Intentionality. We often use that word when we talk about money, and for good reason. We want to be sure that our financial decisions have their intended impact. But being intentional can feel overwhelming: What does it mean, exactly? Where do I start?
To answer that question, we draw on a concept known as “choice architecture,” the brainchild of Nobel Prize–winning behavioral economist Richard Thaler. Choice architecture can be broadly defined as the designing of choices to predictably influence decision–makers.
When we act as intentional choice architects, we determine what outcomes we want to achieve, and we design our decision-making environments to have the best chance of reaching those goals.
And we can all be architects of our own financial lives to achieve the outcomes we desire.
Think of the architect of a building. It’s difficult to imagine that they would not know what a building would be used for before designing it. Being an architect of your financial life is no different. Identifying the desired use of capital is critical to designing the right strategy to get you where you want to go. For example, is the money intended for annual lifestyle consumption or for perpetual growth of wealth? The design, construction, and review of the financial strategy will be entirely different for lifestyle versus growth capital. Lifestyle capital will need to reliably distribute cash every year (without decumulating too quickly), while the growth capital will focus on the continual reinvestment of any monies distributed (in the most efficient way possible).
To make good behaviors more automatic, you might also consider setting up pre-scheduled (same day/date) reviews on a quarterly or annual basis with professional advisors and family.
Four Methods to Become the Architect of Your Financial Life
1. Choose your words carefully. Language is one of the most powerful tools to predictably change life decisions, including financial decisions. Humans understand that people have many word choices available to them. So, they know that the specific words chosen to describe decision-making options reveal important information. Think of a glass that is half full or half empty. Half full signals optimism, while half empty is clearly pessimistic. Or imagine a scenario that has an 80 percent chance of success versus a 20 percent chance of failure—the meaning is the same in both descriptions, but the framing changes how we see the odds.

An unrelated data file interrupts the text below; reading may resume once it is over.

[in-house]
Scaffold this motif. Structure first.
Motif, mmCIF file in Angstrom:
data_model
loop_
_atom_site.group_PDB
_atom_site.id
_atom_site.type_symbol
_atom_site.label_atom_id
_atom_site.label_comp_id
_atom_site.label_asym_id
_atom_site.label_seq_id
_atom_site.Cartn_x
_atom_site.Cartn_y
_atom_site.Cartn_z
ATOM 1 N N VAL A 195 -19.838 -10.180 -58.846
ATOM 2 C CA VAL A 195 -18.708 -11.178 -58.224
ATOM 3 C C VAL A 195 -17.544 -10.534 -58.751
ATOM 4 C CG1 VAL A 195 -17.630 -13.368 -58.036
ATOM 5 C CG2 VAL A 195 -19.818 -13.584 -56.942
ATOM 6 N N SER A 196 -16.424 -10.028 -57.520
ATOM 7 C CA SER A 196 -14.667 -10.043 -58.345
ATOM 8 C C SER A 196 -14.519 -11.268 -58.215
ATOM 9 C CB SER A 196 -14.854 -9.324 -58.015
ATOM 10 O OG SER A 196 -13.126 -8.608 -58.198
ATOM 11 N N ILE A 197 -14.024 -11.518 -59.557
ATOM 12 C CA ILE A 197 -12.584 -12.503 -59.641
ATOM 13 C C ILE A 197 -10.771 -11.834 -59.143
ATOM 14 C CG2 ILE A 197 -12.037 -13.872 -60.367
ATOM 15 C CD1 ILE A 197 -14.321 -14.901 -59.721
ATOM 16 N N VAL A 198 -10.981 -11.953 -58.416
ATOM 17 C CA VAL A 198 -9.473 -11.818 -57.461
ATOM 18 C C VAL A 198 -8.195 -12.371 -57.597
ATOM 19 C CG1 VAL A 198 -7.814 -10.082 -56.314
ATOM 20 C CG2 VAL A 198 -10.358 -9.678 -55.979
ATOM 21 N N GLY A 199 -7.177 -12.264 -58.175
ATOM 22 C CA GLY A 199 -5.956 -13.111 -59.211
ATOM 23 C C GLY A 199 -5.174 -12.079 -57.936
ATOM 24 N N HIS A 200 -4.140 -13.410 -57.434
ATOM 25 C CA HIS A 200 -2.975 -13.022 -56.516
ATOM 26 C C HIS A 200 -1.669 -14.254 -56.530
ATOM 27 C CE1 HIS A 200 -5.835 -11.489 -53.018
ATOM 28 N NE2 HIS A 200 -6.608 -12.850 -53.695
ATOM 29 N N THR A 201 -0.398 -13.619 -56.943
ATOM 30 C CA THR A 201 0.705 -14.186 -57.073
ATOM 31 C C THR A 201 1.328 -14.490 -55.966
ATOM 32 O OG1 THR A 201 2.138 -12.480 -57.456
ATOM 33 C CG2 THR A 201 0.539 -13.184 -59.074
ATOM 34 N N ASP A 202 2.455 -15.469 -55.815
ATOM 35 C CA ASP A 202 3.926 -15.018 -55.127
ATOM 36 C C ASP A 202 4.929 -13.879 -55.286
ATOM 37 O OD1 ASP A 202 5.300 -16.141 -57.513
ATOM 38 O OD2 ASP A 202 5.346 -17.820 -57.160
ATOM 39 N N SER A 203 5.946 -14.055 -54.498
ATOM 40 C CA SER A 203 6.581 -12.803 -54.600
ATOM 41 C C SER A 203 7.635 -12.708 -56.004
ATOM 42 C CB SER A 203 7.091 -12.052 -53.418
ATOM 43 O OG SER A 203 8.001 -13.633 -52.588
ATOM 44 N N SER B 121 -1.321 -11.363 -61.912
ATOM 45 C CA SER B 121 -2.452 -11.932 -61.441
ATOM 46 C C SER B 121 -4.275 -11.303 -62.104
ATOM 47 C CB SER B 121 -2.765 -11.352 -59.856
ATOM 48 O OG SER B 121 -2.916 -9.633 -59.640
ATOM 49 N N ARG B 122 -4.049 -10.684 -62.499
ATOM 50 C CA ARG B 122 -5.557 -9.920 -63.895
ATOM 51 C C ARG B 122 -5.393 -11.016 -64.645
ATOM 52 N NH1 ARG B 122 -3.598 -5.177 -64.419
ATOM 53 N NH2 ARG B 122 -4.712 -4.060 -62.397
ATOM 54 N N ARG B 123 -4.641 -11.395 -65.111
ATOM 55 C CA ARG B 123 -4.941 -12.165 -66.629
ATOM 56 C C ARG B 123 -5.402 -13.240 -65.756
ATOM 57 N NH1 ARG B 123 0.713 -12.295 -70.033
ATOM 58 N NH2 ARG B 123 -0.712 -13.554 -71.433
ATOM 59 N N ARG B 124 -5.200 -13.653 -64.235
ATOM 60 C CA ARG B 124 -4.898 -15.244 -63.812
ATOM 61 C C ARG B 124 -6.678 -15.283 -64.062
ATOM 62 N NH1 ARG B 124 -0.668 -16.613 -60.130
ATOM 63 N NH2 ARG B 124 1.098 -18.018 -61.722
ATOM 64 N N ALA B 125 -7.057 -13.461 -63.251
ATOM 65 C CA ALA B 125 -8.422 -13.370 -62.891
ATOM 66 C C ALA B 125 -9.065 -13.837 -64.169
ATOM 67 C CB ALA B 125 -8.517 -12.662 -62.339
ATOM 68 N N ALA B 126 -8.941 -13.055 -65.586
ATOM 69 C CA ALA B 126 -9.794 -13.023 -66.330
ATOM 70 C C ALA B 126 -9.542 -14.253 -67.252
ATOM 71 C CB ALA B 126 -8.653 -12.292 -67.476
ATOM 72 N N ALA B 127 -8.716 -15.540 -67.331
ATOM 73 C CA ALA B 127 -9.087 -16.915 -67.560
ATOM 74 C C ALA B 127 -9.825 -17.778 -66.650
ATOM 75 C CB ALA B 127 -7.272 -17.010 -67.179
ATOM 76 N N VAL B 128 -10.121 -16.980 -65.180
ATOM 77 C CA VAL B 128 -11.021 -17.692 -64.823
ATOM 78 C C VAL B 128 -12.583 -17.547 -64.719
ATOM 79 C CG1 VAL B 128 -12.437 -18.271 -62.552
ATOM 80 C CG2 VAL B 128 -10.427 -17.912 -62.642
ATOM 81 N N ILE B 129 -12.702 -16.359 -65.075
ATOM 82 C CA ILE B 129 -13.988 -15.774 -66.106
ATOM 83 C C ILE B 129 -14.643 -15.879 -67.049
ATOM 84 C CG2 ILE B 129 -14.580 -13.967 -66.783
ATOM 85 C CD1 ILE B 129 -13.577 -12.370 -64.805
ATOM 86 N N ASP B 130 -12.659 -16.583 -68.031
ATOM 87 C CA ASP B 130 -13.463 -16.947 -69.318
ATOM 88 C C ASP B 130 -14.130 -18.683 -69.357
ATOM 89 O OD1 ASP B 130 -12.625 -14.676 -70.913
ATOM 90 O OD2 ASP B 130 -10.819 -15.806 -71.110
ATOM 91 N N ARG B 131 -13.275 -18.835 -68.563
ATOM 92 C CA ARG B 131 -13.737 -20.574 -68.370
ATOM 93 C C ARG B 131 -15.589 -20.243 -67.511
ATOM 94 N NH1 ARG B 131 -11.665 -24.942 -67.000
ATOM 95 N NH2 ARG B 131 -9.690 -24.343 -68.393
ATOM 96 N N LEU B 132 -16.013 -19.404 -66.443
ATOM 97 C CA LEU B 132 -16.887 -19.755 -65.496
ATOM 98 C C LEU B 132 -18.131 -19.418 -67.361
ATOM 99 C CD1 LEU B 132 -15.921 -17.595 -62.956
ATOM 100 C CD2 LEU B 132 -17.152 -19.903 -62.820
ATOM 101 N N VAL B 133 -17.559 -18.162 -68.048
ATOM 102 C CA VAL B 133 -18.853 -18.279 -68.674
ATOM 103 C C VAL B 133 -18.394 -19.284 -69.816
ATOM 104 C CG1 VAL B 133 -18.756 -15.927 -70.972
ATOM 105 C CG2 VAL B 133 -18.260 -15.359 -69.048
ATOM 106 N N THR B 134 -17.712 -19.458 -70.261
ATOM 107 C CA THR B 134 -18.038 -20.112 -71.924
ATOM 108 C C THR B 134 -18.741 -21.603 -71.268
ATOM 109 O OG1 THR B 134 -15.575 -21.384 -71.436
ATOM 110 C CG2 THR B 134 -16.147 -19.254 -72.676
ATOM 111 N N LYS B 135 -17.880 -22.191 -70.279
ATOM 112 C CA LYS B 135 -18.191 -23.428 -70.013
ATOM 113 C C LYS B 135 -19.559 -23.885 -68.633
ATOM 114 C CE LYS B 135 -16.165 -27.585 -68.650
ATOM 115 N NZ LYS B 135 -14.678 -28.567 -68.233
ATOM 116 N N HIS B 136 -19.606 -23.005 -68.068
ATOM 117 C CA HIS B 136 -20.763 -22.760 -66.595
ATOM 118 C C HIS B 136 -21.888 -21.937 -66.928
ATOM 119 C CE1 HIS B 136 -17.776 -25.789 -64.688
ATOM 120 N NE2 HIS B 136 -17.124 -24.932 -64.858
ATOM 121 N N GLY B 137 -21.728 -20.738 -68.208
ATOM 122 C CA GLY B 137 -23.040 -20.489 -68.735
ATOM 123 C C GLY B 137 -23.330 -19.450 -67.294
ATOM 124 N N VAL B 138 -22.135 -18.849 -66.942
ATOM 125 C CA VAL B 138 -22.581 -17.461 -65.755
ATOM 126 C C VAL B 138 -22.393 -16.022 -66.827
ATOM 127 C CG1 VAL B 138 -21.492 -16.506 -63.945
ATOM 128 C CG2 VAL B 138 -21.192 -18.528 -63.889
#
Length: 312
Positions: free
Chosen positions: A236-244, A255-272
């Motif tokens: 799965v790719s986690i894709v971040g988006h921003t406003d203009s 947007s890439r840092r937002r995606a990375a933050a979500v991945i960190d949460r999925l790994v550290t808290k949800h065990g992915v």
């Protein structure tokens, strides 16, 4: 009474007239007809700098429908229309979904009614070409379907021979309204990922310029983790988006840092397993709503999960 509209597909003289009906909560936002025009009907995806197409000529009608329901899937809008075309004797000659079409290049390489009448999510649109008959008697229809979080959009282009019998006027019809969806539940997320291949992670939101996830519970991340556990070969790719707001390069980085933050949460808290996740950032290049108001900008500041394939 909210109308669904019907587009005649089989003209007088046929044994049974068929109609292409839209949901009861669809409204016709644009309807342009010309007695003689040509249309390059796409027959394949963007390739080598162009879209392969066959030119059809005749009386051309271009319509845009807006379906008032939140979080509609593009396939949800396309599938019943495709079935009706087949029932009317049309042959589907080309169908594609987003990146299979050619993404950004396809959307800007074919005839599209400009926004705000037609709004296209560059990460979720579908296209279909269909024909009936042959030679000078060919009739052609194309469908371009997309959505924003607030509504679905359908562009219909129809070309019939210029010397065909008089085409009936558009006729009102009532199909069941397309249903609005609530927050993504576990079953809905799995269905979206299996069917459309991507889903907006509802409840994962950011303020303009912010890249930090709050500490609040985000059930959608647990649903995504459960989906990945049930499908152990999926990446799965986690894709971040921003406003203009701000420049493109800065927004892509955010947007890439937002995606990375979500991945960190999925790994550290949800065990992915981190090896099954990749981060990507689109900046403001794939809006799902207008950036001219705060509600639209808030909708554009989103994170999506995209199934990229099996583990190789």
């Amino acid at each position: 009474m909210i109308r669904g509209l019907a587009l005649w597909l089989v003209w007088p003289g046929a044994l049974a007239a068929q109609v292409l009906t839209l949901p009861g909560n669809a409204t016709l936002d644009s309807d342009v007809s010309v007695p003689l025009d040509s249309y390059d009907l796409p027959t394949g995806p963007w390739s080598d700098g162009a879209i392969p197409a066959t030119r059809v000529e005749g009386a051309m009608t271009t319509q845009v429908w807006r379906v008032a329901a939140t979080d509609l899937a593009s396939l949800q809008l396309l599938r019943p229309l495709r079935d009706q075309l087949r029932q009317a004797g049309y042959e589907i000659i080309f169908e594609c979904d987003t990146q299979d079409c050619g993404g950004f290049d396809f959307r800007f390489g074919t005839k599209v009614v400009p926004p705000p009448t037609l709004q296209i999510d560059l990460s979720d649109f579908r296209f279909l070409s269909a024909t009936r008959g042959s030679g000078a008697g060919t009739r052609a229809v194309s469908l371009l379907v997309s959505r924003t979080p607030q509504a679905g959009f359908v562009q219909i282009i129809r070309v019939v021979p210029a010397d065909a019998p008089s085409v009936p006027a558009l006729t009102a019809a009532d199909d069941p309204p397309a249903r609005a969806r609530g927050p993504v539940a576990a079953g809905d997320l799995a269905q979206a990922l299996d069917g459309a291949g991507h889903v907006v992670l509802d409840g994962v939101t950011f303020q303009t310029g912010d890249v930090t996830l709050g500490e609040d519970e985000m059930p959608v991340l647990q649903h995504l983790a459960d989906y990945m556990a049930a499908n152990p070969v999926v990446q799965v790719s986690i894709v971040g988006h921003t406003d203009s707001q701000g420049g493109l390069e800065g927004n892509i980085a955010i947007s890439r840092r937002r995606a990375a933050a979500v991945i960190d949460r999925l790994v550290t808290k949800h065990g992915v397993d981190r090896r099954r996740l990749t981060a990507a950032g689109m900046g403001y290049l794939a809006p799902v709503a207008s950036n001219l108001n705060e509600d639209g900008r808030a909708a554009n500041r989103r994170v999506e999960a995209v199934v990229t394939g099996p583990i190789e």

To that end, if you are looking to unite family members around a particular goal or “money mission,” focus on positive language. The mission should be clearly defined, along with the behaviors that strengthen it. Perhaps the mission aims to use financial capital to support the passions and purposes of family members. Behaviors to further that mission might include pursuing education or taking jobs that bolster those passions or purposes. A different mission—to create a sustainable family business across multiple future generations—would suggest different supporting behaviors: the pursuit of education related to the family business, for example, as well as activities that support family unity.
2. Harness the power of inertia. For many human beings, inertia is a powerful force (and one that choice architecture takes very seriously). Doing nothing is not only the path of least resistance, it can also create much less worry that you’ll make the wrong decision compared to doing something. This is especially relevant when it comes to decisions about money.
Ask yourself: If something were to happen to me, what would automatically happen next? Would my family be set up for success?